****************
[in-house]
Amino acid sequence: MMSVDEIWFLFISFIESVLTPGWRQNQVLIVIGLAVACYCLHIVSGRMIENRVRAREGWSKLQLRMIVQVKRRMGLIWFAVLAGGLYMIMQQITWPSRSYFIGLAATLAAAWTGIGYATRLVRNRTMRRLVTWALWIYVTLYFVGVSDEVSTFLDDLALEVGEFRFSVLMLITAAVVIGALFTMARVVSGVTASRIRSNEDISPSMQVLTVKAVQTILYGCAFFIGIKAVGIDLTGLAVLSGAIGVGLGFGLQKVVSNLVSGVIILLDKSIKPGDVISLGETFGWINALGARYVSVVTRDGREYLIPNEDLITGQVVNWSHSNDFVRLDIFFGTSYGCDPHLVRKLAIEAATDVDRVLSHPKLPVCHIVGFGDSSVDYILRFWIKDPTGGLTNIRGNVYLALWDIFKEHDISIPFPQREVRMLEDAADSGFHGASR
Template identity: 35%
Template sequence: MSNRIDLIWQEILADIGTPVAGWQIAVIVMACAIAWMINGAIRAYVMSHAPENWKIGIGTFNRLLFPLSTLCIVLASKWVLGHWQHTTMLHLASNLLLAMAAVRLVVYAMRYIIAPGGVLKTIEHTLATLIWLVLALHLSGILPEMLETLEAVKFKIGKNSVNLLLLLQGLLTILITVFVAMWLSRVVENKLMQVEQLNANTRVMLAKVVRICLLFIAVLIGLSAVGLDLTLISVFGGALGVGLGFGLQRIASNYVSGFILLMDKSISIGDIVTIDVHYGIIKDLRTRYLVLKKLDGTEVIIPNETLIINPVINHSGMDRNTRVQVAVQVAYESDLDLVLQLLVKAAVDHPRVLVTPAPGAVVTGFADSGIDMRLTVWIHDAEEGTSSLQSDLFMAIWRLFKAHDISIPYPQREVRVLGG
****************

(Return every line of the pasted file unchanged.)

[in-house]
Amino acid sequence: MMSVDEIWFLFISFIESVLTPGWRQNQVLIVIGLAVACYCLHIVSGRMIENRVRAREGWSKLQLRMIVQVKRRMGLIWFAVLAGGLYMIMQQITWPSRSYFIGLAATLAAAWTGIGYATRLVRNRTMRRLVTWALWIYVTLYFVGVSDEVSTFLDDLALEVGEFRFSVLMLITAAVVIGALFTMARVVSGVTASRIRSNEDISPSMQVLTVKAVQTILYGCAFFIGIKAVGIDLTGLAVLSGAIGVGLGFGLQKVVSNLVSGVIILLDKSIKPGDVISLGETFGWINALGARYVSVVTRDGREYLIPNEDLITGQVVNWSHSNDFVRLDIFFGTSYGCDPHLVRKLAIEAATDVDRVLSHPKLPVCHIVGFGDSSVDYILRFWIKDPTGGLTNIRGNVYLALWDIFKEHDISIPFPQREVRMLEDAADSGFHGASR
Template identity: 35%
Template sequence: MSNRIDLIWQEILADIGTPVAGWQIAVIVMACAIAWMINGAIRAYVMSHAPENWKIGIGTFNRLLFPLSTLCIVLASKWVLGHWQHTTMLHLASNLLLAMAAVRLVVYAMRYIIAPGGVLKTIEHTLATLIWLVLALHLSGILPEMLETLEAVKFKIGKNSVNLLLLLQGLLTILITVFVAMWLSRVVENKLMQVEQLNANTRVMLAKVVRICLLFIAVLIGLSAVGLDLTLISVFGGALGVGLGFGLQRIASNYVSGFILLMDKSISIGDIVTIDVHYGIIKDLRTRYLVLKKLDGTEVIIPNETLIINPVINHSGMDRNTRVQVAVQVAYESDLDLVLQLLVKAAVDHPRVLVTPAPGAVVTGFADSGIDMRLTVWIHDAEEGTSSLQSDLFMAIWRLFKAHDISIPYPQREVRVLGG